Promises and pitfalls of treating aging like a disease

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Credit: Marina Guimarães/Flickr

Over the years, the movement to classify aging as a disease has gained momentum not only from longevity enthusiasts but also from scientists. In 1954, Robert M. Perlman published a paper in the Journal of American Geriatrics Society called “The Aging Syndrome” in which he called aging a “disease complex.” Since then, others have jumped on board, including gerontologists frustrated by a lack of funding to study the aging process itself.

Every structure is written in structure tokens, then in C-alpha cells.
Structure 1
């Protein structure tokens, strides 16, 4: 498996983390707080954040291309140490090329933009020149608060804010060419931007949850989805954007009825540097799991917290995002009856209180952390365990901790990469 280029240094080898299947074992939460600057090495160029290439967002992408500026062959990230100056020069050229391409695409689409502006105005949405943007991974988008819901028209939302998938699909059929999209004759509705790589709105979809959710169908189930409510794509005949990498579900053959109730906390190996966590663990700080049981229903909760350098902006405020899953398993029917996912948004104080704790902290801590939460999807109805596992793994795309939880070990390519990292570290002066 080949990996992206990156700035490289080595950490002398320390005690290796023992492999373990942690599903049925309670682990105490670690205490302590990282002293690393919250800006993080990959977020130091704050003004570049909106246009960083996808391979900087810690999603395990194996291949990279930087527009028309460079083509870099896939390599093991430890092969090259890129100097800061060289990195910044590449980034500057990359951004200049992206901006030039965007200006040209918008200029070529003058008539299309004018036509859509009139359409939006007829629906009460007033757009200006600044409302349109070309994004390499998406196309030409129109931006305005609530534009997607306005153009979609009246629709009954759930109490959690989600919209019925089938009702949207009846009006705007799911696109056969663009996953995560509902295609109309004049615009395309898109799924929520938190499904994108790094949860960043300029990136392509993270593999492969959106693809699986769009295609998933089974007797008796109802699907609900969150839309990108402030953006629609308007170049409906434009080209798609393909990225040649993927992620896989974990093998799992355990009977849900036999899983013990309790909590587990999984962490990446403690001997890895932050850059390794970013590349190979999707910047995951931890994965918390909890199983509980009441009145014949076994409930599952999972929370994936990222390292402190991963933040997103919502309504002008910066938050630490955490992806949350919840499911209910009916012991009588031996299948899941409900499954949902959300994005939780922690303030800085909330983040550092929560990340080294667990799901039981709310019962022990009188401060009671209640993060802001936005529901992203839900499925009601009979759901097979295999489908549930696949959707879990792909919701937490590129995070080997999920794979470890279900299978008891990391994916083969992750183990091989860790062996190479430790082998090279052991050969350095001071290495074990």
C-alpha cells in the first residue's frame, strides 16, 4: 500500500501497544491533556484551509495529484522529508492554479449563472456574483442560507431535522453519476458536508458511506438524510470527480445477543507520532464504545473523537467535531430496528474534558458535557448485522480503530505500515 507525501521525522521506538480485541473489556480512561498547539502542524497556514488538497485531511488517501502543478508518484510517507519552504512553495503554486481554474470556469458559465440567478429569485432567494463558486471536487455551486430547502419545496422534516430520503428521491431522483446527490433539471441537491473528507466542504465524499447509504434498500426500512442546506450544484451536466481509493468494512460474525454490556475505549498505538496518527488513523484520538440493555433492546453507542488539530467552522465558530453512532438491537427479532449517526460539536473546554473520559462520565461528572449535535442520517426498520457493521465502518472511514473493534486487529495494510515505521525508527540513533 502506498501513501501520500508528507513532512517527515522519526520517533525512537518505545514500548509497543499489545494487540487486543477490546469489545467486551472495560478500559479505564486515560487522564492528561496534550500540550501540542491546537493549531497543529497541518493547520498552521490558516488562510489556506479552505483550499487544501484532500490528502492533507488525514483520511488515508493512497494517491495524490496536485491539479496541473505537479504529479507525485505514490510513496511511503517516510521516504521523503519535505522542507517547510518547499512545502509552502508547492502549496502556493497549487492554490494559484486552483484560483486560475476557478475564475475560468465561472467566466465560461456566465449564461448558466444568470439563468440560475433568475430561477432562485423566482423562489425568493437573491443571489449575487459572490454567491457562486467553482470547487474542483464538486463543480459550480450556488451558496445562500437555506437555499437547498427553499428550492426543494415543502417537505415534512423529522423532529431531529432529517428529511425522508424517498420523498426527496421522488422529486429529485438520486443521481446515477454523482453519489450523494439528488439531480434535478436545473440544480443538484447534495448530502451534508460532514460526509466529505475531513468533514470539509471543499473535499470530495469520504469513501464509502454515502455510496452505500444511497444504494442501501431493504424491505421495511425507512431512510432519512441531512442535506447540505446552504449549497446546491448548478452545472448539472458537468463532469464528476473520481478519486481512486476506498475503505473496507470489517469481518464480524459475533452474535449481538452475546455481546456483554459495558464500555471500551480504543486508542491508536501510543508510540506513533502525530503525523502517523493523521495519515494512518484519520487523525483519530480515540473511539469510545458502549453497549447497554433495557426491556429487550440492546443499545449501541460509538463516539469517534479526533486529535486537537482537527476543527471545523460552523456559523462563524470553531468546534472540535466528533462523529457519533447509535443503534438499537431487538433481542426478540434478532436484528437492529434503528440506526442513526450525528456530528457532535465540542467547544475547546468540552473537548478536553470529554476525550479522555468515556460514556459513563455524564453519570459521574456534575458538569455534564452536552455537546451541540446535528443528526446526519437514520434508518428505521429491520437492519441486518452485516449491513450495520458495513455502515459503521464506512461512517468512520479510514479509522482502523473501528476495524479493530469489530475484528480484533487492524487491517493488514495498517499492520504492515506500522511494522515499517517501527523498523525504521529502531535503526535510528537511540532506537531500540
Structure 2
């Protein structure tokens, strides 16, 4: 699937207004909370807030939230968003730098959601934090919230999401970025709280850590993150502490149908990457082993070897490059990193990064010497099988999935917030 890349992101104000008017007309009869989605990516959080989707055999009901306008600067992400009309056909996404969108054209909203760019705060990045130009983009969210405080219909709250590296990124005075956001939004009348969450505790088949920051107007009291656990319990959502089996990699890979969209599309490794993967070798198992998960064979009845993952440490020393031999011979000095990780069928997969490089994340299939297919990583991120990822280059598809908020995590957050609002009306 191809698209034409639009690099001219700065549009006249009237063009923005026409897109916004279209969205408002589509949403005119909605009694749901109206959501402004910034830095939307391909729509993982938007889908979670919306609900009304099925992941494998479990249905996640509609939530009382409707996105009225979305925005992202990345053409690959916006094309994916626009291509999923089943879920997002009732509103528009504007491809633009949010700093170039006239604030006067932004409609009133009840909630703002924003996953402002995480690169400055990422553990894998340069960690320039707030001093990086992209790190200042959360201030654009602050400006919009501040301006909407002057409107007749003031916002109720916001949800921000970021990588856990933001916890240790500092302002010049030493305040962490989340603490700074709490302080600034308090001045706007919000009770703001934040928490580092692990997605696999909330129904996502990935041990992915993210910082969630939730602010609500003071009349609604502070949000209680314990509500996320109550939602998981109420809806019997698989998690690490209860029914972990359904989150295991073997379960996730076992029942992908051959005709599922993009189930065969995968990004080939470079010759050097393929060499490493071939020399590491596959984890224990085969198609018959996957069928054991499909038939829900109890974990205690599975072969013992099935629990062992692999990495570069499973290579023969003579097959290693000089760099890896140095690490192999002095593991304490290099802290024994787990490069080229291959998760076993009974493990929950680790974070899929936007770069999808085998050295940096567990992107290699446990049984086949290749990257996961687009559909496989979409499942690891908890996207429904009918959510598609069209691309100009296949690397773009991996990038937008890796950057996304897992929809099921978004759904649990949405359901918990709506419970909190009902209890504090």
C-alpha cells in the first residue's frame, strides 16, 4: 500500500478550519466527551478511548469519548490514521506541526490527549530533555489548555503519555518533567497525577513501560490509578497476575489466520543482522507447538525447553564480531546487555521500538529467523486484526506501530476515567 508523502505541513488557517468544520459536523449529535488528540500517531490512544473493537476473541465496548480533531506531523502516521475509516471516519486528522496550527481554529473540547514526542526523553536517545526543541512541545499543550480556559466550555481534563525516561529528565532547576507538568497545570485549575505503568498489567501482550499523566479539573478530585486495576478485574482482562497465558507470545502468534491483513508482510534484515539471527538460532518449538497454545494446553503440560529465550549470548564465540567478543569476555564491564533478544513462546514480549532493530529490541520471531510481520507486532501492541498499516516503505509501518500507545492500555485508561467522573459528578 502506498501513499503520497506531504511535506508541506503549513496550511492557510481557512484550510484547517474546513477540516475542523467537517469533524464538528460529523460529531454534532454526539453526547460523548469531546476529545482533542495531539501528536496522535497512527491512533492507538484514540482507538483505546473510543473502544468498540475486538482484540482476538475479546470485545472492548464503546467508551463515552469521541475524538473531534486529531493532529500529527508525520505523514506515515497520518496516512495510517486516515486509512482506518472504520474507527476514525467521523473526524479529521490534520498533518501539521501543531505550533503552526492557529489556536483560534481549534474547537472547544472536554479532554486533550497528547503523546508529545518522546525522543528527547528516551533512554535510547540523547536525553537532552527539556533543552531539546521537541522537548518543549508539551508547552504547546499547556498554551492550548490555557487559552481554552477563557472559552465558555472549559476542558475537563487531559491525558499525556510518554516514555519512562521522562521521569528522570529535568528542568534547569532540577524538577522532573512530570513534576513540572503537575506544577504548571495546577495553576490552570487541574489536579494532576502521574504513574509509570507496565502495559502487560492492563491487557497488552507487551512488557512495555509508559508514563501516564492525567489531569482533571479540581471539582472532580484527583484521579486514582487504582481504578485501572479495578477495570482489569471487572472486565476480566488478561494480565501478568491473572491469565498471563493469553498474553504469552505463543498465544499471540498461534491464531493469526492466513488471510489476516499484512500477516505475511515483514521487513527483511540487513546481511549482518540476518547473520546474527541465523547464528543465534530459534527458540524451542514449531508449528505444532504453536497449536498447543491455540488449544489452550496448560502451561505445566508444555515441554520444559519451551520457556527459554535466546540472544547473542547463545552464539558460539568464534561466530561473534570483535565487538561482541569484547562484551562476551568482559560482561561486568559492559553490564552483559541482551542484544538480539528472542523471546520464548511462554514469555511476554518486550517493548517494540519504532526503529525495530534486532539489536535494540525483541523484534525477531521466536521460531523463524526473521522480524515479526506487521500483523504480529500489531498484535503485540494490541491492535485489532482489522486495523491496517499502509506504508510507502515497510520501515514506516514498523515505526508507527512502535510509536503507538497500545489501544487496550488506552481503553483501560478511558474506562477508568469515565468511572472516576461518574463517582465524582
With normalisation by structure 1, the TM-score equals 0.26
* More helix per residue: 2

However, labeling aging itself as a disease is both misleading and detrimental. Pathologizing a universal process makes it seem toxic. In our youth-obsessed society, ageism already runs rampant in Hollywood, the job market, and even presidential races. And calling aging a disease doesn’t address critical questions about why we age in the first place. Instead of calling aging a disease, scientists should aim to identify and treat the underlying processes that cause aging and age-related cellular deterioration.

Related article:  Using single-cell sequencing to refine the search for disease culprits

[Gerontologist Jamie Justice] said during the GSA panel that she doesn’t think “Is aging a disease?” is the right question. The better question, she said, is “Why do we have to force aging to be a disease in order to get clinicians, regulatory officials, and stakeholders to do something about it?”

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